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Reference : UMR5105-GUYOMN0-018
Workplace : GRENOBLE
Date of publication : Tuesday, September 10, 2019
Scientific Responsible name : Caroline Jolly
Type of Contract : PhD Student contract / Thesis offer
Contract Period : 36 months
Start date of the thesis : 1 November 2019
Proportion of work : Full time
Remuneration : 2 135,00 € gross monthly
Description of the thesis topic
-------Handwriting deficits, also termed dysgraphia, concern 5 to 10% of children (Smits-Engelsman et al, 2001; Danna et al, 2016; Jolly 2017). The diagnosis of dysgraphia in France is based on a relatively subjective test, the BHK (Charles et al., 2003). If not handled properly, handwriting deficits can seriously impact both children's behavioural and academical development, eventually leading to academic failure. Early diagnosis of dysgraphia is thus crucial.
In the literature, dysgraphia are well described from a motor perspective (Danna et al, 2013; Smits-Engelsman & van Galen, 1997; Hamstra-Bletz & Blöte, 1993), but little is known about the cerebral and oculomotor activities involved. Recently, an algorithm allowing the identification of dysgraphic children based on writing samples collected on a graphic tablet has been developed (Asselborn et al, 2018). Although very promising, this automated tool presents some technological limitations preventing its use for the diagnosis (Deschamps et al., 2019). In the context of a former grant obtained from the Bottom Up program of CEA, we collected a large database of handwriting and drawing samples from typical and dysgraphic children, and we used machine learning approaches to identify the kinematic features of handwriting which allow the better discrimination between typical and dysgraphic children. Our algorithms allow a correct classification of children with a precision of about 85%.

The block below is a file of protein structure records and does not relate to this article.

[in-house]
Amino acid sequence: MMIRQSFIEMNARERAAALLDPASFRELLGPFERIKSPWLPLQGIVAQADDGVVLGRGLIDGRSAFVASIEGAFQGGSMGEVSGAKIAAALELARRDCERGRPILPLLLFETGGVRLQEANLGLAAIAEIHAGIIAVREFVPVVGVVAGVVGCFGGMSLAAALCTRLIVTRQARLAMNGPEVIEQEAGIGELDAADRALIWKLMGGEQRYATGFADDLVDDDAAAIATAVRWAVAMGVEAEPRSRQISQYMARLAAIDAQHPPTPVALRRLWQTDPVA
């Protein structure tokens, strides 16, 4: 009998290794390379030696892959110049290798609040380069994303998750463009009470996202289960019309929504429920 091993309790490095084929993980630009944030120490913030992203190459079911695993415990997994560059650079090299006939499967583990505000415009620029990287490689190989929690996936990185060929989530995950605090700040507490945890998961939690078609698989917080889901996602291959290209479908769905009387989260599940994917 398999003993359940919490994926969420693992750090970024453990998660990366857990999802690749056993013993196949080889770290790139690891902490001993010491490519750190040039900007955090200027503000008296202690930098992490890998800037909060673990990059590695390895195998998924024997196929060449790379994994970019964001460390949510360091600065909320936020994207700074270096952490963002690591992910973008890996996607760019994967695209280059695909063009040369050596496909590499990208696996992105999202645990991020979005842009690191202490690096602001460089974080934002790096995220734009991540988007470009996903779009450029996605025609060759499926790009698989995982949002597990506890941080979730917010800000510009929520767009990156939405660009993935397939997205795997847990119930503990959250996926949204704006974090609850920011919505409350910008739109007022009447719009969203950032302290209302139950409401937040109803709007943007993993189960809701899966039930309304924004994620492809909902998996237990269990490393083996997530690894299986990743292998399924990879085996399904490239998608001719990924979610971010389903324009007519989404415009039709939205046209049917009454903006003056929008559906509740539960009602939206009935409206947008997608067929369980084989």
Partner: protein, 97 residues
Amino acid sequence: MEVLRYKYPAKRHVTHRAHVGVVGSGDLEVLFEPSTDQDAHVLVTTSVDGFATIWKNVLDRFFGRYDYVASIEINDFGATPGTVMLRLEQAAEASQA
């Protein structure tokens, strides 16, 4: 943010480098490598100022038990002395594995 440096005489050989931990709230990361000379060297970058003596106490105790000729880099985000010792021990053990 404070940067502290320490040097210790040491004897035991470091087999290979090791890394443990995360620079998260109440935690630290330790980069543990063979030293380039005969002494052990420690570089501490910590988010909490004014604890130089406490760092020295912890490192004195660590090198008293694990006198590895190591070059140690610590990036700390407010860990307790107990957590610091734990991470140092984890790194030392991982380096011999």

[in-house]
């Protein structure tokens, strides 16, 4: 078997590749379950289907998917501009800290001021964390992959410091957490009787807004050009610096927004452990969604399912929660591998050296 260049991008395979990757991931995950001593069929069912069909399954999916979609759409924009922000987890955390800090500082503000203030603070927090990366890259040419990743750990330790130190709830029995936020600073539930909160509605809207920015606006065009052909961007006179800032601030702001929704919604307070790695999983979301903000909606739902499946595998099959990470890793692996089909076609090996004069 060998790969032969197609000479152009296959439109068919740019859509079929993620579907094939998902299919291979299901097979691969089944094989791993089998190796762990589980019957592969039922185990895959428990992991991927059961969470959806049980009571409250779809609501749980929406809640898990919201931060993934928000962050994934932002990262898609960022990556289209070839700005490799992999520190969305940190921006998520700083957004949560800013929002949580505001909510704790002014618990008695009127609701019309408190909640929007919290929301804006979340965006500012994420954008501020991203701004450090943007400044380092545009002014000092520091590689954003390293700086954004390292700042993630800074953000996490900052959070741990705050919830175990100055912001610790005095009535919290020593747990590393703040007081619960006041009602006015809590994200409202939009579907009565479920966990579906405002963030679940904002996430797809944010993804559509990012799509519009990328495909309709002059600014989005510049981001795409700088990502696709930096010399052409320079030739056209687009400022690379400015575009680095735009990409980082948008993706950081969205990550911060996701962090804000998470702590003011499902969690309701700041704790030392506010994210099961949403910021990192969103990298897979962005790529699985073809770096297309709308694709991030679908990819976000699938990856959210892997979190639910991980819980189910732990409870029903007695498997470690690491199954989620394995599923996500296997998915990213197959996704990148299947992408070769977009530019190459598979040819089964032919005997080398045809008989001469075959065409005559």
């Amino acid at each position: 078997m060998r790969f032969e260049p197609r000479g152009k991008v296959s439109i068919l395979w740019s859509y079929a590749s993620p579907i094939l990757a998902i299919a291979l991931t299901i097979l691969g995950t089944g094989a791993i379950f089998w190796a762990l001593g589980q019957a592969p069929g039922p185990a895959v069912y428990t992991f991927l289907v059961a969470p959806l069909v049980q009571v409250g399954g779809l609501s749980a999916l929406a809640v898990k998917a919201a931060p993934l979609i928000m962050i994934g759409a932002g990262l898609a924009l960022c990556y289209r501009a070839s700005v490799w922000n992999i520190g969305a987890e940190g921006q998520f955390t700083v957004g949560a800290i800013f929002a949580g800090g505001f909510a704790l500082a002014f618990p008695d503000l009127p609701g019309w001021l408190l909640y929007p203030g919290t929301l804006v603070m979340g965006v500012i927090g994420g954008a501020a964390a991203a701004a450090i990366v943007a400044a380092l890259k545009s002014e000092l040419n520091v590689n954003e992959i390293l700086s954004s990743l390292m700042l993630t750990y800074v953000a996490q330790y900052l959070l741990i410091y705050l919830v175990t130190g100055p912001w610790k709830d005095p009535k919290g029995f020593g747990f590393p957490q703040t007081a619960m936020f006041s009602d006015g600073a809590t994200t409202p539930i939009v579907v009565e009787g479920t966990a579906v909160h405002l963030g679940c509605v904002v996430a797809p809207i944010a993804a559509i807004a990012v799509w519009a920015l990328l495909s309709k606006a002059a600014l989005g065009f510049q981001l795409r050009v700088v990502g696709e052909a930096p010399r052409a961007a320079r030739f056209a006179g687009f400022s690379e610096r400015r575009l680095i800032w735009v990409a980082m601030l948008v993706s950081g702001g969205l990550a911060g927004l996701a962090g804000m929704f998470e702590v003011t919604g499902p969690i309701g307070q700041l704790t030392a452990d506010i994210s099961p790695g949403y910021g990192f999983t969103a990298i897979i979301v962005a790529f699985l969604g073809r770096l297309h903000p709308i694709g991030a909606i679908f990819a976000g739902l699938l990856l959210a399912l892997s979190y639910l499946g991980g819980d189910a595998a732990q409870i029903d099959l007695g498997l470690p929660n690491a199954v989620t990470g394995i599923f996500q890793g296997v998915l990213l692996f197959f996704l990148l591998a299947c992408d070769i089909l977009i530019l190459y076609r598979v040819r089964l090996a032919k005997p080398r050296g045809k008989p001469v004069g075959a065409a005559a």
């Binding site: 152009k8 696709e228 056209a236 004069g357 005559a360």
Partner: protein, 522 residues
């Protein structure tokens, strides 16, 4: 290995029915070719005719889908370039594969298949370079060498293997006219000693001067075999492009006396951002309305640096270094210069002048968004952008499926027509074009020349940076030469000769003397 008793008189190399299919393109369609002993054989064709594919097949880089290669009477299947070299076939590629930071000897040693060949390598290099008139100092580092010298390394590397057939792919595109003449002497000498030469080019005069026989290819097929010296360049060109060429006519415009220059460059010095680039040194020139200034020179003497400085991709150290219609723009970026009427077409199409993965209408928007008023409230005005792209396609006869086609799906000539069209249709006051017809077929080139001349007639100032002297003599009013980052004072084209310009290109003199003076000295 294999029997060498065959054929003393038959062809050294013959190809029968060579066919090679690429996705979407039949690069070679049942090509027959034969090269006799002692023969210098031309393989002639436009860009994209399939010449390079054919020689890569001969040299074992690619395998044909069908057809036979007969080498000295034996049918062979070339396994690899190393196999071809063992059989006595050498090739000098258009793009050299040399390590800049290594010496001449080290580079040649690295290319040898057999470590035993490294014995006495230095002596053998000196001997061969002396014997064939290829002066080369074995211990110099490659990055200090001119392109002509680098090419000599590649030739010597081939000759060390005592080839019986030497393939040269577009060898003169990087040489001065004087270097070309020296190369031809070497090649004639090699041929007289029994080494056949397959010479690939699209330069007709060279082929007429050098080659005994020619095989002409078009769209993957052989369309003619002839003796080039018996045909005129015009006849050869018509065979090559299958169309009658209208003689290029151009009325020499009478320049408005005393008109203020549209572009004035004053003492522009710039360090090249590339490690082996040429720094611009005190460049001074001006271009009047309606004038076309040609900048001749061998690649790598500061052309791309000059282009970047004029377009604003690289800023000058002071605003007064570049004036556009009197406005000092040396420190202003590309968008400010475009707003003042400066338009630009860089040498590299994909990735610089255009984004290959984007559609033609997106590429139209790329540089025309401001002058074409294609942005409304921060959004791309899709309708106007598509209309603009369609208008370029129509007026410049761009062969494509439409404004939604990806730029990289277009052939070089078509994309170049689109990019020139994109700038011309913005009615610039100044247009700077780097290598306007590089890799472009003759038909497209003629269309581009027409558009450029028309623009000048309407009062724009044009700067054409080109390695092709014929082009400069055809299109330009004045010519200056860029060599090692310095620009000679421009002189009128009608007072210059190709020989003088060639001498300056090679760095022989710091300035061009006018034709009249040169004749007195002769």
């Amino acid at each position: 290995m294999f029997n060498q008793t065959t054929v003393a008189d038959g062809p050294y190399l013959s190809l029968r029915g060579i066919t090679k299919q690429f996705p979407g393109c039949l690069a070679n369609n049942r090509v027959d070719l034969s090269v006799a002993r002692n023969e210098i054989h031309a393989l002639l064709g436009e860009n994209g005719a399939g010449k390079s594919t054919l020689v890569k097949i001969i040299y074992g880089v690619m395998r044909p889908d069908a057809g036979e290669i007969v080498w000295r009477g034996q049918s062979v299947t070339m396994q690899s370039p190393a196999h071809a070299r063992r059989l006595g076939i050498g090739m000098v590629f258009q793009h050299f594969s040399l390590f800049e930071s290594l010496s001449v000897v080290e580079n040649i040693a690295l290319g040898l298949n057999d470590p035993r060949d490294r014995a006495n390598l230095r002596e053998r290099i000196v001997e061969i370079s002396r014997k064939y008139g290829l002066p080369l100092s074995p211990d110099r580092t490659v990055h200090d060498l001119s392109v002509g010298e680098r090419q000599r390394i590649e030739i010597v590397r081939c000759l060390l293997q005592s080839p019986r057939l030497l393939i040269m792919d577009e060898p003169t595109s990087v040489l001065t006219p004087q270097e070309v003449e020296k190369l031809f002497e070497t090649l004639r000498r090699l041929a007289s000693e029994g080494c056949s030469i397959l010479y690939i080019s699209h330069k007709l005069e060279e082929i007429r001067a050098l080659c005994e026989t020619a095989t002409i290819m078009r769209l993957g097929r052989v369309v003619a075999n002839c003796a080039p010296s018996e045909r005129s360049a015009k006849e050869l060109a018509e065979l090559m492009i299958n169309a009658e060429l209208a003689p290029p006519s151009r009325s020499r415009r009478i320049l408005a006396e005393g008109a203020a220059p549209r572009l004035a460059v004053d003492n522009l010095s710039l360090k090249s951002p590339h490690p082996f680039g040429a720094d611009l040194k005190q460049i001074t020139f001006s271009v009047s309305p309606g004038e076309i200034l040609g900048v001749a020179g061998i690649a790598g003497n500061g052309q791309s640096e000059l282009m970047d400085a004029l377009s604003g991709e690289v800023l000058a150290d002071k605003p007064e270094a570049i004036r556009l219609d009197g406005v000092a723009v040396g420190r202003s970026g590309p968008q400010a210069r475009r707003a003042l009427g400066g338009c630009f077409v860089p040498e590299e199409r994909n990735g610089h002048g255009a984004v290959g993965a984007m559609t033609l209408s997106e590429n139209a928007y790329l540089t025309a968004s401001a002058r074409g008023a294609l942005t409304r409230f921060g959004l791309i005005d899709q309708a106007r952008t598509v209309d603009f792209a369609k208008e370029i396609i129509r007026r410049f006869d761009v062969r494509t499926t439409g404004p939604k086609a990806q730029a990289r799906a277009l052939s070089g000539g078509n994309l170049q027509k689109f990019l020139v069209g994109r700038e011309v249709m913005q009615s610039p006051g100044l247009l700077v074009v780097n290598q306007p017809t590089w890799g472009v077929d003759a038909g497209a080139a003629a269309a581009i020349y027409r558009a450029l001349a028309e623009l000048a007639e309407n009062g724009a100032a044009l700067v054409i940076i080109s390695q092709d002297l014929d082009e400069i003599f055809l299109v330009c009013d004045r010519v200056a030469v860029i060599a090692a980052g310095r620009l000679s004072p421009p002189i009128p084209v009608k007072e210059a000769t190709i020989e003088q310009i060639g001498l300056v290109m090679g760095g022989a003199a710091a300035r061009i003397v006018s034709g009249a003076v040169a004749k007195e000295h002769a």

The objective of the thesis project is to analyse handwriting in typical and dysgraphic children using three concomittant measures: kinematic parameters of handwriting, cortical activity measured using electroencephalography, and oculomotor activity measured using eye-tracking. A first objective will focus on analyzing the evolution of handwriting using these 3 measures from a developmental perspective, in the population of children. A second objective will consist in evaluating the benefit of EEG and eye-tracking data in supervised models for the diagnosis of dysgraphia. The final goal of this project is to develop a new, fully-automated and reliable tool for the diagnosis of dysgraphia.
* Missions :
The candidate will have to collect handwriting, EEG and eye-tracking data from the 2 populations of children. Using these data, the candidate will then use machine learning approaches (supervised models) to analyse handwriting development in typical and atypical children, and to develop an algorithm for the diagnosis of dysgraphia.
- master 2 or engineer level, with a good expertise in statistical modelisation and machine learning
- skills in Python programming are recommended
- a former expertise in neurosciences would be beneficial
* working place :
The thesis will take place on 2 sites, the LPNC laboratory (UMR CNRS 5105) located at the University campus, and the CEA LETI.
* thesis direction :
The thesis will be co-directed by Dr Caroline Jolly (LPNC) for all Cognition and Neurosciences aspects of the project, et by Dr Etienne Labyt (CEA, LETI) for Machine Learning aspects. The candidate will benefit from the expertise of Dr Caroline Jolly in the field of typical and atypical child development, namely handwriting, and from the expertise of Dr Etienne Labyt in EEG et machine learning. Dr Vincent Brault from the Laboratory Jean Kuntzmann (IMAG – UGA) will also be involved in the project, and will bring his expertise in the domain of statistical modelisation.
* école doctorale :
Ingénierie pour la santé la Cognition et l'Environnement
Spécialité BIS - Biotechnologie, instrumentation, signal et imagerie pour la biologie, la médecine et l'environnement
This project is at the border of three research fields : typical and atypical child development, cognitive neurosciences, and health engineering.
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